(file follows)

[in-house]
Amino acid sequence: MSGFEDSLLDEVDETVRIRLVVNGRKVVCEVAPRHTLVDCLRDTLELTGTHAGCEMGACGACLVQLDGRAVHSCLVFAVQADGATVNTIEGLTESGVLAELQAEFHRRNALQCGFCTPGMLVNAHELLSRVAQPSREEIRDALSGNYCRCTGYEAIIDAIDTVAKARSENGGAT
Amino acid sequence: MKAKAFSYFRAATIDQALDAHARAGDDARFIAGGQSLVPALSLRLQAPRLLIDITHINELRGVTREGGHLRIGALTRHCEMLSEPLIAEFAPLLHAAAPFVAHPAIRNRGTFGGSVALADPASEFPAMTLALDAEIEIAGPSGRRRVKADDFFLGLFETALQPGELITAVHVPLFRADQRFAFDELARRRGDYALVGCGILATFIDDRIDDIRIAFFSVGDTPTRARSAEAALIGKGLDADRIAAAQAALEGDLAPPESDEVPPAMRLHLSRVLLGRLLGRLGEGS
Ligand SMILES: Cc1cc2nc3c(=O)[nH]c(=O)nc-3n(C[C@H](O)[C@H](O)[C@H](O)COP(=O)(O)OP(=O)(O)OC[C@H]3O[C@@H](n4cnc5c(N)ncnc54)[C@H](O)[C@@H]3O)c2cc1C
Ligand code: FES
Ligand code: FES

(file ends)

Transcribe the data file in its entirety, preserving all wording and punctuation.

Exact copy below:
[in-house]
Amino acid sequence: MSGFEDSLLDEVDETVRIRLVVNGRKVVCEVAPRHTLVDCLRDTLELTGTHAGCEMGACGACLVQLDGRAVHSCLVFAVQADGATVNTIEGLTESGVLAELQAEFHRRNALQCGFCTPGMLVNAHELLSRVAQPSREEIRDALSGNYCRCTGYEAIIDAIDTVAKARSENGGAT
Amino acid sequence: MKAKAFSYFRAATIDQALDAHARAGDDARFIAGGQSLVPALSLRLQAPRLLIDITHINELRGVTREGGHLRIGALTRHCEMLSEPLIAEFAPLLHAAAPFVAHPAIRNRGTFGGSVALADPASEFPAMTLALDAEIEIAGPSGRRRVKADDFFLGLFETALQPGELITAVHVPLFRADQRFAFDELARRRGDYALVGCGILATFIDDRIDDIRIAFFSVGDTPTRARSAEAALIGKGLDADRIAAAQAALEGDLAPPESDEVPPAMRLHLSRVLLGRLLGRLGEGS
Ligand SMILES: Cc1cc2nc3c(=O)[nH]c(=O)nc-3n(C[C@H](O)[C@H](O)[C@H](O)COP(=O)(O)OP(=O)(O)OC[C@H]3O[C@@H](n4cnc5c(N)ncnc54)[C@H](O)[C@@H]3O)c2cc1C
Ligand code: FES
Ligand code: FES